The micromorphology of the seeds of six species of Hypoxis (Hypoxidaceae) from eastern North America (east of Texas) was studied with low vacuum, scanning electron microscopy using the backscatter detector. The shape of the cells of the seed coat and the configuration of the cuticle appeared characteristic for a particular species. The species may be placed into three main groups. The first group, those with shiny black, papillate cells, includes H. curtissii and H. hirsuta. The second group, those with shiny black, rounded-inflated (colliculate) cells, comprises H. juncea and H. rigida. The third group of H. sessilis and H. wrightii is characterized by brown seeds with wrinkled, detached cuticles. The seeds of H. sessilis are unique among the eastern North American species in having iridescent seed coats. The widespread occurrence of these seed coat characters among both American and African species suggests that phylogenetically informative characteristics of the seed coat of Hypoxis are affected by a high level of homoplasy.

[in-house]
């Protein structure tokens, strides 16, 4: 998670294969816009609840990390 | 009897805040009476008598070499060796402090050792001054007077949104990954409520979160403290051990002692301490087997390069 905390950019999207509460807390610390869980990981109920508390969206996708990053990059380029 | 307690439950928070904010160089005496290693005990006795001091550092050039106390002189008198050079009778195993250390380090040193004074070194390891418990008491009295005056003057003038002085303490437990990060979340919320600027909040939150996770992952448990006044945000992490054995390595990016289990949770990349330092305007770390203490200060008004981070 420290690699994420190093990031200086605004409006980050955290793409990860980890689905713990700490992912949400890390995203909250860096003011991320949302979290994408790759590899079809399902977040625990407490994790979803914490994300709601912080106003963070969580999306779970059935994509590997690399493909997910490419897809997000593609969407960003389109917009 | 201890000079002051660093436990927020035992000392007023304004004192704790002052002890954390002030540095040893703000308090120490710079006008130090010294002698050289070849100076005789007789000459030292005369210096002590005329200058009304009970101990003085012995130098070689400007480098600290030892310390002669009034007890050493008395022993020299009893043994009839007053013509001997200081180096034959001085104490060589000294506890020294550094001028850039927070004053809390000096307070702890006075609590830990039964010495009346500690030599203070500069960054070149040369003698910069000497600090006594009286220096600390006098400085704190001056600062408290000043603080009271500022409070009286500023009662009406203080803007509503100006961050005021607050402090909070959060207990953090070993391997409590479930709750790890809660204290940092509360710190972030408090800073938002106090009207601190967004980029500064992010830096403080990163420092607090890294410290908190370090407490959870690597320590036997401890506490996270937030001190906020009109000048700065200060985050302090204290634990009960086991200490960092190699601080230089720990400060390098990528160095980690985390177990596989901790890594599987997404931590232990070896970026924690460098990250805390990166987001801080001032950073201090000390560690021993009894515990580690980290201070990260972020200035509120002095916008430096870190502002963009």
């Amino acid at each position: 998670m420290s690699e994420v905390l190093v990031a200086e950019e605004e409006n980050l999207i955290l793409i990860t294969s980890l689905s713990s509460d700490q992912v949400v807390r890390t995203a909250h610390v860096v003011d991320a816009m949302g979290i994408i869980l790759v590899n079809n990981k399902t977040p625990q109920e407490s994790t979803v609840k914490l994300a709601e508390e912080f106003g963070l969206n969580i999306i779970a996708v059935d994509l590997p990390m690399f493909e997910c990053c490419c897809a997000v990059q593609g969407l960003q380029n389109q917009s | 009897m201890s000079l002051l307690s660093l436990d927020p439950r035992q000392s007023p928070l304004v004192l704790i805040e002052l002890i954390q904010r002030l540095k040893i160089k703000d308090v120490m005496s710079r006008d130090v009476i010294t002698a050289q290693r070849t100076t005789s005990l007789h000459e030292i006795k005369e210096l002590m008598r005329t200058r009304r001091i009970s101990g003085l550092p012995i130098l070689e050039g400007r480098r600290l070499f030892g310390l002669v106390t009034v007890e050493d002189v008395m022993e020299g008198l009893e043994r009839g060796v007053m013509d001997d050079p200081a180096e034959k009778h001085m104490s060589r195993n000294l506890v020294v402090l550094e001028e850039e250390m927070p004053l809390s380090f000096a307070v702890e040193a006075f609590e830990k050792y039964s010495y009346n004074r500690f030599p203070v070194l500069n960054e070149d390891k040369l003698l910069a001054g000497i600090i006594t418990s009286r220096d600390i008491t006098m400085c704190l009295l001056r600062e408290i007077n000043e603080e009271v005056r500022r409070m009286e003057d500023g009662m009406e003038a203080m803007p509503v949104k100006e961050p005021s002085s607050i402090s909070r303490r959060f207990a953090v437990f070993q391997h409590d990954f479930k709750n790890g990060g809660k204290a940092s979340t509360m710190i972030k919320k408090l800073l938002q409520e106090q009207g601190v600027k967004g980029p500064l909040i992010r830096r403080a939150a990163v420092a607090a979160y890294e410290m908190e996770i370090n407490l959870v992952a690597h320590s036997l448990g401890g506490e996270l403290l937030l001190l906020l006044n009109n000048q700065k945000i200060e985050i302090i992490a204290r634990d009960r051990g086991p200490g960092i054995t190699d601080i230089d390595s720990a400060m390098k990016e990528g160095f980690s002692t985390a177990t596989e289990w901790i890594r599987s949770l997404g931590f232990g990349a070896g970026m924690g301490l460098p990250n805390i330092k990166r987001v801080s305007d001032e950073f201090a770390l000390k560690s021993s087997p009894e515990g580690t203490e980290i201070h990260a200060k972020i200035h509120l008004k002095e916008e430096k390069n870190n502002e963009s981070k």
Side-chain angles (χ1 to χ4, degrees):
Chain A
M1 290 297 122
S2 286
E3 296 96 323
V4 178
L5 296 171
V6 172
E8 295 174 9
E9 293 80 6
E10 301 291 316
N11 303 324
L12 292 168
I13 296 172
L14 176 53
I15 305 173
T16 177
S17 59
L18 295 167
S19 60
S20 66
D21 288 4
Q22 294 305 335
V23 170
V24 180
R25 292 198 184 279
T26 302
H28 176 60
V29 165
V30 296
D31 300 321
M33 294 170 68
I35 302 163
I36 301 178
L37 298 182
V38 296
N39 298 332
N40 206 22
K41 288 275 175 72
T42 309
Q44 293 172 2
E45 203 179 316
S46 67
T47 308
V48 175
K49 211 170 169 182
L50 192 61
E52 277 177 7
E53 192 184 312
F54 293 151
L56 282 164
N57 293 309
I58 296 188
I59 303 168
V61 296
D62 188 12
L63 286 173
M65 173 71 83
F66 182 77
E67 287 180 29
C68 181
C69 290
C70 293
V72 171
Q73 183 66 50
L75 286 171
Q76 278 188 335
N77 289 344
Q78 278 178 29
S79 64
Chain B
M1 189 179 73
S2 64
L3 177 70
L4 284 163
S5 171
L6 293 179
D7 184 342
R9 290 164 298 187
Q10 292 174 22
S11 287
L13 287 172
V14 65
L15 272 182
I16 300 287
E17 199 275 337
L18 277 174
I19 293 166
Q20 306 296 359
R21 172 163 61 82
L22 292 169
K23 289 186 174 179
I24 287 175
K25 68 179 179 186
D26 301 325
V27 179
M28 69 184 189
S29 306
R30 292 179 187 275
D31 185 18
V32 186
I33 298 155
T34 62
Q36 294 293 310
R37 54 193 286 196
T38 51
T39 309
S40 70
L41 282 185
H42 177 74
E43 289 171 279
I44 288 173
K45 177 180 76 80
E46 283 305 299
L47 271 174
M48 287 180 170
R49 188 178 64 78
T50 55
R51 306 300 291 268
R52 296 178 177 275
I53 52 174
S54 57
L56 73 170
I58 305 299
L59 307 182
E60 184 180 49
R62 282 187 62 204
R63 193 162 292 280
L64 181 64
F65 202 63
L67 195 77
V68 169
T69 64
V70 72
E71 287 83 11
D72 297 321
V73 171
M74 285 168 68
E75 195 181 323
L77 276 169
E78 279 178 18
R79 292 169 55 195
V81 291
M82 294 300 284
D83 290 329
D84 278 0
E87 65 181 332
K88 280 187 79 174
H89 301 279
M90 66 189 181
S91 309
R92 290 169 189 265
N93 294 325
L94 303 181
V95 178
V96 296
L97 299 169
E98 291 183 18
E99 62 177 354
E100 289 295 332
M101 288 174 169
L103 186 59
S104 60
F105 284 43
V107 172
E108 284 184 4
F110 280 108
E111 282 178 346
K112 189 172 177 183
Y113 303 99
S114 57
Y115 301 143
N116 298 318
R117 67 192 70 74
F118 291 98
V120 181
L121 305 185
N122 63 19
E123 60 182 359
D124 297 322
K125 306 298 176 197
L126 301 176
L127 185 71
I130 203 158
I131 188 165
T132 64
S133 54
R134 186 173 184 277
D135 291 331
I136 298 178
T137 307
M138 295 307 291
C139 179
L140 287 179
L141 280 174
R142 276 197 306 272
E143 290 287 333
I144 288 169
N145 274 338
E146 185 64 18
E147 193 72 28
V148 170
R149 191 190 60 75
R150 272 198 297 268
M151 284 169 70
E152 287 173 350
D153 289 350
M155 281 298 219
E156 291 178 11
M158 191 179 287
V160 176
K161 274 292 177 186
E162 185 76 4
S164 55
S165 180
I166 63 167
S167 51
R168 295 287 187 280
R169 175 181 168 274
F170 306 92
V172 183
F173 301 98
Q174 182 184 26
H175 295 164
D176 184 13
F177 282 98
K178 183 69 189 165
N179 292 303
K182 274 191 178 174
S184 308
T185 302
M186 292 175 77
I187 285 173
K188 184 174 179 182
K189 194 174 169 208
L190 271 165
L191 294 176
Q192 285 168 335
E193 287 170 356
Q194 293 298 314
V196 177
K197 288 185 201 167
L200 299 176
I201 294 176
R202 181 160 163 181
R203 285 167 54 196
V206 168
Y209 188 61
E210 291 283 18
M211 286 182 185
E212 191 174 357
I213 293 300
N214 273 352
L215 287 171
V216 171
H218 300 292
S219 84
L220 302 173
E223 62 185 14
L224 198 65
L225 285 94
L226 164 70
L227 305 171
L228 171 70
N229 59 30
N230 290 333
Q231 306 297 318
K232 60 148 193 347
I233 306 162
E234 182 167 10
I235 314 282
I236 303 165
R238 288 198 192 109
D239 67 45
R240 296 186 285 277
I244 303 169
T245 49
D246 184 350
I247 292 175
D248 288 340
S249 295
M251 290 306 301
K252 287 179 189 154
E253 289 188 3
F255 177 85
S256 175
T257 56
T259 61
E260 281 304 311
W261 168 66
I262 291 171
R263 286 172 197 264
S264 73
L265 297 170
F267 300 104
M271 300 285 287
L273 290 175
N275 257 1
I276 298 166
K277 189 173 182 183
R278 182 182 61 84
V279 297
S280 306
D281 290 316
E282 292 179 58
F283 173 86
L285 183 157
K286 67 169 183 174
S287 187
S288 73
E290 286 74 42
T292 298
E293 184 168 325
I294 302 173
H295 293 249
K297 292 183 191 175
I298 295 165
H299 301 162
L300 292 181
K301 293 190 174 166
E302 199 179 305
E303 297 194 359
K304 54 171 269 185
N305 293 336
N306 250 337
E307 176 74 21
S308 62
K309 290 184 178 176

- seed coat
ASJC Scopus subject areas
- Plant Science
- Ecology, Evolution, Behavior and Systematics